“The Ministry of Justice has certain objectives and actions that emerge from the Strategy on ensuring integrity and independence in the justice sector, as well as assuming commitments towards development partners. We are working on such proposals related to the modification and delimitation of the competences of both the Anticorruption Prosecutor’s Office and the NAC, in order to be able to clearly identify the high corruption. Within the Working Group on the Amendment of the Criminal Procedure Code, we had some proposals regarding this fact, but certain studies were needed, like the present one, in order to be able to see exactly what the picture looks like and to be able to see how we implement the most effective changes for fighting big corruption.”

VERONICA DRAGALIN, Head of the Anticorruption Prosecutor’s Office:
“The analysis carried out by Vitaliy Kasko shows us that the Anticorruption Prosecutor’s Office can be much more efficient in the fight against high corruption. All of us, as a country, should strengthen the Prosecutor’s Office and prosecutors because we are the people who have the responsibility to fight corruption, and for this the Anticorruption Prosecutor’s Office needs much more resources and tools to be able to fight corruption in Moldova. We all know that so far, we have not succeeded. We, the Prosecutor’s Office, do not win the fight against the corrupt. We need to change a lot of things as a matter of urgency as possible because this is a real fight that we deal with every day. We need to implement the 2016 law not today, but “yesterday.” Why have 6 years passed without this law being implemented? For me, this is a sign that Moldova does not want to fight big corruption. I hope that today, because our people voted for a change, I hope that we have leaders in this country who will make real efforts this time to fight corruption. We don’t need that five-year limit of experience to come to the Anticorruption Prosecutor’s Office. I would prefer prosecutors to come directly from the university benches and learn in our institution how to become a high-ranking and professional prosecutor, that’s an idea.”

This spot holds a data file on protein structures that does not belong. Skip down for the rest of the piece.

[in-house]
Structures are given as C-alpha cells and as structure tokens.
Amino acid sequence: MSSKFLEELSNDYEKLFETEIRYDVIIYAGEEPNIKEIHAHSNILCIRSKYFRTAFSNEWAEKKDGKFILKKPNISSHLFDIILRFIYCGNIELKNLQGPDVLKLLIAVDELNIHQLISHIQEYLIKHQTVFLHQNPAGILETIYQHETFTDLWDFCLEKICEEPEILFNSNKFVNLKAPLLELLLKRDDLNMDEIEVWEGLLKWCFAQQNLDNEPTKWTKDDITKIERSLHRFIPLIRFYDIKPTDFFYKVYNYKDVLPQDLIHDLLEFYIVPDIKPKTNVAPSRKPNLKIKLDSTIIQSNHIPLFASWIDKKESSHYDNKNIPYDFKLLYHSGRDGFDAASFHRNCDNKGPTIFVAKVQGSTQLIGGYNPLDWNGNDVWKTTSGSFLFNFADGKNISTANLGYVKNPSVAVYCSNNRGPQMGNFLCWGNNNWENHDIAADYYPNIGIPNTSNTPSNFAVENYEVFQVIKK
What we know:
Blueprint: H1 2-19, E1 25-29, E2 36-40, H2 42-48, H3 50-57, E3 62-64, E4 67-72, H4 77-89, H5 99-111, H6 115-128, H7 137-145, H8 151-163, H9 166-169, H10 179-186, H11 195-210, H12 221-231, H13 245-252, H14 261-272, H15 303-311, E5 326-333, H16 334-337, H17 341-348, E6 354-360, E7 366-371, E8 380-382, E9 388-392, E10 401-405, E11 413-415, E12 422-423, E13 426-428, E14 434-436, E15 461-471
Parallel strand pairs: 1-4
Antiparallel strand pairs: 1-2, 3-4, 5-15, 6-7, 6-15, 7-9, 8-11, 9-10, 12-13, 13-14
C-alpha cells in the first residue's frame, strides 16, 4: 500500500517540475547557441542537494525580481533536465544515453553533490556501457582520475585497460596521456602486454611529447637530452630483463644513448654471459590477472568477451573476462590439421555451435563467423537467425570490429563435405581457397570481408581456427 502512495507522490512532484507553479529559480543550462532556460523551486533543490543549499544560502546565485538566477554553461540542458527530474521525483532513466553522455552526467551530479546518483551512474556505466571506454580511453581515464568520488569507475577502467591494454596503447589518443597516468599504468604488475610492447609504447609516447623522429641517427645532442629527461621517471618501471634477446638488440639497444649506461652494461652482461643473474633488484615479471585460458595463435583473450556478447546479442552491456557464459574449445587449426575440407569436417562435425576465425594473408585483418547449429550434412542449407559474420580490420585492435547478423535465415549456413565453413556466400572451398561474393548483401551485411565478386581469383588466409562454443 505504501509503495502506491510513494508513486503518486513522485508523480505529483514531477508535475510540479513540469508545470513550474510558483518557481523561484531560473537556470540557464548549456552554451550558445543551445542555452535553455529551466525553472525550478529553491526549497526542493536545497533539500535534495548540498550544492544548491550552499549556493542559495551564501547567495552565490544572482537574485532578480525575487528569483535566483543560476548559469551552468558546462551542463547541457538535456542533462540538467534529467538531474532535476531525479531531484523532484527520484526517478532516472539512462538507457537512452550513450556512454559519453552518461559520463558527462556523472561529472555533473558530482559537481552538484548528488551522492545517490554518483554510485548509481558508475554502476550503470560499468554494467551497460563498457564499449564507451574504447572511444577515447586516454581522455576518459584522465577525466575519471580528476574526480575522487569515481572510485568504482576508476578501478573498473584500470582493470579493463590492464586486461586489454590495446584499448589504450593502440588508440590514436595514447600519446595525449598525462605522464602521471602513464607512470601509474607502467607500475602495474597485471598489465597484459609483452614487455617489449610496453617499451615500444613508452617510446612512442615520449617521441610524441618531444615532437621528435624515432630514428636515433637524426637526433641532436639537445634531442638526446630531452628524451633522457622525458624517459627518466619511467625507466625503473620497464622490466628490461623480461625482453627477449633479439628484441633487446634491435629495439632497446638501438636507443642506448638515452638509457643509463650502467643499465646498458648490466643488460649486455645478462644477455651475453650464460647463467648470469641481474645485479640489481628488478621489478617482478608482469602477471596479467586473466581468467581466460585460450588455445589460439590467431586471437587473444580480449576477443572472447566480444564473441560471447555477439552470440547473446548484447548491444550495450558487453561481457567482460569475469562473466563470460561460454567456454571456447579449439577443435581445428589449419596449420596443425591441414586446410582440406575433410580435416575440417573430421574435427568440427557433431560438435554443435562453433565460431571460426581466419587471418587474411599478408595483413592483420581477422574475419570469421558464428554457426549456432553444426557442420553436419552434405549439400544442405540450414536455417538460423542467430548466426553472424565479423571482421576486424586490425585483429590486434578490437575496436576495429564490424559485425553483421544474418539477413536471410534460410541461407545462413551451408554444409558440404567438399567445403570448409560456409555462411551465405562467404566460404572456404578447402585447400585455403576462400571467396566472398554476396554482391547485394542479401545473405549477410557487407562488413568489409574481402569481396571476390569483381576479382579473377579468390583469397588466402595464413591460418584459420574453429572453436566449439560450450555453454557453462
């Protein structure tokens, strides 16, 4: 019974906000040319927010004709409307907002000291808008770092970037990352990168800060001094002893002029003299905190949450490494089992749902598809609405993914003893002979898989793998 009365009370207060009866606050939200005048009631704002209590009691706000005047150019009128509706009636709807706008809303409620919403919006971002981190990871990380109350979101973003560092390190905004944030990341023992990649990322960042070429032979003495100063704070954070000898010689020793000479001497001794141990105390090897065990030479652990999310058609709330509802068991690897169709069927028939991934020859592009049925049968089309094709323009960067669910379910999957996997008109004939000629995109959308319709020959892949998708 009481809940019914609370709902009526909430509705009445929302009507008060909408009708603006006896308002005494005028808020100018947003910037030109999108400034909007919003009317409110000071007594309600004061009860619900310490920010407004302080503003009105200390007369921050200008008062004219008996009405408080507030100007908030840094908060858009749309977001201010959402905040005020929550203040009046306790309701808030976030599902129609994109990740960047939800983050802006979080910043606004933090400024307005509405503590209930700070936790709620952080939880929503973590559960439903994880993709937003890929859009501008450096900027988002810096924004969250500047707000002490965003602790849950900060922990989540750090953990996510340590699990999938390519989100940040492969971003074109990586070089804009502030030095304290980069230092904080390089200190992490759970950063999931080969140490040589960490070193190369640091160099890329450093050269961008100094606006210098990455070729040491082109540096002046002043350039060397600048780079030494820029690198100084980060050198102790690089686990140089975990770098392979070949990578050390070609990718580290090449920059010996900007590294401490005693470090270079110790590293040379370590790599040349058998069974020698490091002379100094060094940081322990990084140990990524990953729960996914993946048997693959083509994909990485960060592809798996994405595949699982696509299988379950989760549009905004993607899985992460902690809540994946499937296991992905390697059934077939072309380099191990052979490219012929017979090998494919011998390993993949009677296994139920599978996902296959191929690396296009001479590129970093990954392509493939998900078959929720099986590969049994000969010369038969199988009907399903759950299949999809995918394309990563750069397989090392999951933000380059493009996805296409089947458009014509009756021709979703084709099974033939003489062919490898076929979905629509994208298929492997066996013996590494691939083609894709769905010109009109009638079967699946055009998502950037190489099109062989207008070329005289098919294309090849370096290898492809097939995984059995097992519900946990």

Victor MUNTEANU, Director of the Department of Justice and Human Rights, Soros Foundation Moldova:
“My first address is to the journalists and to all those interested in the progress of reforms in the field of anticorruption and the way in which the state through its institutions of force can respond to this phenomenon and social scourge. You now have the opportunity to fill your content questions, you have a very good monitoring tool. Already the discussion with the Prosecutor General’s Office and the Anticorruption Prosecutor’s Office, with the political actors and the Government can be built on a platform fuller of content than before. I believe that this is the number one value of this report. The relationship between the Anticorruption Prosecutor’s Office and the NAC remains so far somewhat unclear, there remain a lot of questions that need to be answered. These two structures do not co-exist in the most efficient way and maybe here we have to look a little deeper, because the model we have now is by no means the best, nor is it the final one. One thing that surprised me as a person outside the system, but I think you too, is the idea that we have this image like a Prosecutor is very close to his case and cares a lot about him and once initiated he takes him to the end. In fact, it is not so and what happens is that the whole system is subjugated to this self-sufficient machine – everyone makes documents and papers without having a finality in the end, and this prevents the actual investigation and bringing of resonant files before the courts because the bureaucracy and the attitude we have towards our own files do not allow us to be efficient.”